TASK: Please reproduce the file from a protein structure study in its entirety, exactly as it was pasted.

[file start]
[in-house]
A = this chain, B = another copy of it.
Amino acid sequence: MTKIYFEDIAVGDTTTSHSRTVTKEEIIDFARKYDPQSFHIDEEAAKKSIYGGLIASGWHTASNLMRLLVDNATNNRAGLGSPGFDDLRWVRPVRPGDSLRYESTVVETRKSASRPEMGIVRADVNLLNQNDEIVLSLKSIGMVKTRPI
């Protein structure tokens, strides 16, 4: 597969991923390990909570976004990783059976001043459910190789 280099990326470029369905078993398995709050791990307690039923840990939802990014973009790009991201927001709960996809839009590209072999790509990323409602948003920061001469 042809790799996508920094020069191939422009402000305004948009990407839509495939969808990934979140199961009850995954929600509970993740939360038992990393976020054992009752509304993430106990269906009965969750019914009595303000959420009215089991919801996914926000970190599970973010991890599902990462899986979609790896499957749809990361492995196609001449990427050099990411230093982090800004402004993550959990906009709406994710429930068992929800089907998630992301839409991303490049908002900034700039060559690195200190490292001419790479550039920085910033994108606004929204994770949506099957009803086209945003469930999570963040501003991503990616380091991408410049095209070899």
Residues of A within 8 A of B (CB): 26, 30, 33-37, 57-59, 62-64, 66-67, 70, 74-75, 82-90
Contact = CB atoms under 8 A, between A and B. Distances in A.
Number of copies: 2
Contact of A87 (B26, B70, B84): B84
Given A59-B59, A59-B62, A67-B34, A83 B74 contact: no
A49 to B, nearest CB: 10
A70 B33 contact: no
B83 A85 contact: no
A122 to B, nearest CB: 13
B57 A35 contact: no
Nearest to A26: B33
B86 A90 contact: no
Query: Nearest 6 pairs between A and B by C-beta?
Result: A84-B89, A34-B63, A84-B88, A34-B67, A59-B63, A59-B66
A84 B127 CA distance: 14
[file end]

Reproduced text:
[in-house]
A = this chain, B = another copy of it.
Amino acid sequence: MTKIYFEDIAVGDTTTSHSRTVTKEEIIDFARKYDPQSFHIDEEAAKKSIYGGLIASGWHTASNLMRLLVDNATNNRAGLGSPGFDDLRWVRPVRPGDSLRYESTVVETRKSASRPEMGIVRADVNLLNQNDEIVLSLKSIGMVKTRPI
């Protein structure tokens, strides 16, 4: 597969991923390990909570976004990783059976001043459910190789 280099990326470029369905078993398995709050791990307690039923840990939802990014973009790009991201927001709960996809839009590209072999790509990323409602948003920061001469 042809790799996508920094020069191939422009402000305004948009990407839509495939969808990934979140199961009850995954929600509970993740939360038992990393976020054992009752509304993430106990269906009965969750019914009595303000959420009215089991919801996914926000970190599970973010991890599902990462899986979609790896499957749809990361492995196609001449990427050099990411230093982090800004402004993550959990906009709406994710429930068992929800089907998630992301839409991303490049908002900034700039060559690195200190490292001419790479550039920085910033994108606004929204994770949506099957009803086209945003469930999570963040501003991503990616380091991408410049095209070899």
Residues of A within 8 A of B (CB): 26, 30, 33-37, 57-59, 62-64, 66-67, 70, 74-75, 82-90
Contact = CB atoms under 8 A, between A and B. Distances in A.
Number of copies: 2
Contact of A87 (B26, B70, B84): B84
Given A59-B59, A59-B62, A67-B34, A83 B74 contact: no
A49 to B, nearest CB: 10
A70 B33 contact: no
B83 A85 contact: no
A122 to B, nearest CB: 13
B57 A35 contact: no
Nearest to A26: B33
B86 A90 contact: no
Query: Nearest 6 pairs between A and B by C-beta?
Result: A84-B89, A34-B63, A84-B88, A34-B67, A59-B63, A59-B66
A84 B127 CA distance: 14